One of the books I started and finished over the weekend in Portland was Steve Jobs, by Walter Isaacson.

It is a massive read, and I found it at times very good.There are a lot of stories I hadn't known, but the stories of most of the products–the iPad, the iPhone, I had picked up recently. Perhaps most interesting was the role Steve played with Pixar. I had no idea how active he was with the company, and some of the stories about the creation of Toy Story were really interesting (early on Disney kept pushing for more "edge," so much so that for awhile, Woody was a real jerk).

Jobs' cutting personality was hard to take sometimes. He could really tear into people, and Isaacson notes that it's hard to say it was necessary. He could have been the taskmaster, the impossible to please boss, without humiliating employees, as he did at times.

But his sense of design was definitely strong, and it was a part of everything. I found this to be one of the most telling passages. This takes place during his cancer treatments.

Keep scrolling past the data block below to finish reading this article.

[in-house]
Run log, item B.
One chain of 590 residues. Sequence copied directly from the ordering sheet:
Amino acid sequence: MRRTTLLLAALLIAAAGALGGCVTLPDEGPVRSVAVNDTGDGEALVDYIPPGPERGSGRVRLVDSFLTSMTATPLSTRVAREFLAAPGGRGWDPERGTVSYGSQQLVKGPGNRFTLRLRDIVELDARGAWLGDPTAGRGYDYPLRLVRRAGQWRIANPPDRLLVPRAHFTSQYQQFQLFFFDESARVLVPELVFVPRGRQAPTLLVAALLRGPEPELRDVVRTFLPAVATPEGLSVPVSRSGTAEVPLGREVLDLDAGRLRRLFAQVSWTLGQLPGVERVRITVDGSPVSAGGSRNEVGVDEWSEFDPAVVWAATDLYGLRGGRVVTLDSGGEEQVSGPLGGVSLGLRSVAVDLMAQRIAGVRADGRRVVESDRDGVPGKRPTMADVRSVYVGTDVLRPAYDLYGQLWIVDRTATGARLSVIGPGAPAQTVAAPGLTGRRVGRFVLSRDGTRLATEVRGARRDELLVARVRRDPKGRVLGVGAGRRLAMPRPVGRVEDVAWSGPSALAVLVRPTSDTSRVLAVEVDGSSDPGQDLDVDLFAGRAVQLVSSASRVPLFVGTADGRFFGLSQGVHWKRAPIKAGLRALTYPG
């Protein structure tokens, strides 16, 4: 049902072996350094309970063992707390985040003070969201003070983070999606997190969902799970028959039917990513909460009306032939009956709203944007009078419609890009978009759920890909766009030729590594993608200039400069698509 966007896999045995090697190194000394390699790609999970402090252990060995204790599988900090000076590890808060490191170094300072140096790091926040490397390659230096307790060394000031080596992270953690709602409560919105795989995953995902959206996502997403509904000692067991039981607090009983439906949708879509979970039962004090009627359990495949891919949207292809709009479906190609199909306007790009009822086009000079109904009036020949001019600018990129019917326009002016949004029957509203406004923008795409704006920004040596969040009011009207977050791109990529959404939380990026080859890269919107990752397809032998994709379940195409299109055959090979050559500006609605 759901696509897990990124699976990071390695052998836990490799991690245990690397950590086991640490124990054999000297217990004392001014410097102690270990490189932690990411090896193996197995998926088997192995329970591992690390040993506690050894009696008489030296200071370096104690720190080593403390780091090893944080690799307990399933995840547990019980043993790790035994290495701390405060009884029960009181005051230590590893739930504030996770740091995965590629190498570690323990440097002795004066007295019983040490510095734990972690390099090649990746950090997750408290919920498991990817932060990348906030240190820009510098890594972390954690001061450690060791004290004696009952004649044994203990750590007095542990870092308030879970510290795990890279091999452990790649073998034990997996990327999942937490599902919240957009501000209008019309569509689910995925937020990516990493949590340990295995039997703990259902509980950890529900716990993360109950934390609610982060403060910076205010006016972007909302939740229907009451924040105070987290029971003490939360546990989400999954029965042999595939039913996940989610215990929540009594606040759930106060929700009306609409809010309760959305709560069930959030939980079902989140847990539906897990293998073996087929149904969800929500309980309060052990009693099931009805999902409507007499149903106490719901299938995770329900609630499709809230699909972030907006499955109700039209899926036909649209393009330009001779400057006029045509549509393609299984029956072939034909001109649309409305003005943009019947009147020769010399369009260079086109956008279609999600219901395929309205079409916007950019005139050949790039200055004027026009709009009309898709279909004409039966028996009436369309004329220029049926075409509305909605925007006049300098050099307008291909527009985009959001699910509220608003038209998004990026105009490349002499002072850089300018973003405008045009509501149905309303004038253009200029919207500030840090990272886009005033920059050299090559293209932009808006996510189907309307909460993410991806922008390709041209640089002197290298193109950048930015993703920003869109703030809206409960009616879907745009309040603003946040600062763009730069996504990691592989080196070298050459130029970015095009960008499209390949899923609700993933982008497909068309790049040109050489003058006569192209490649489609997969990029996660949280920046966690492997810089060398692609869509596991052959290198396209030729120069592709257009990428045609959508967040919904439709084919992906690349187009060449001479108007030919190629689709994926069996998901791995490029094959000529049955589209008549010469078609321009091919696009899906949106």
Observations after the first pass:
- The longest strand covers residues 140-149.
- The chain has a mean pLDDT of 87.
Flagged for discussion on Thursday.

Even when he was barely conscious, his strong personality came through. At one point the pulmonologist tried to put a mask over his face when he was deeply sedated. Jobs ripped it off and mumbled that he hated the design and refused to wear it. Though barely able to speak, he ordered them to bring him five different options for the mask and he would pick a design he liked. The doctors looked at Powell [his wife], puzzled. She was finally able to distract him so they could put on the mask. He also hated the oxygen monitor they put on his finger. He told them it was ugly and too complex. He suggested ways it could be designed more simply.

I love that scene.

There's a lot more I would have wanted to know, but for a behind-the-scenes look at a very private person, I thought it was an interesting read.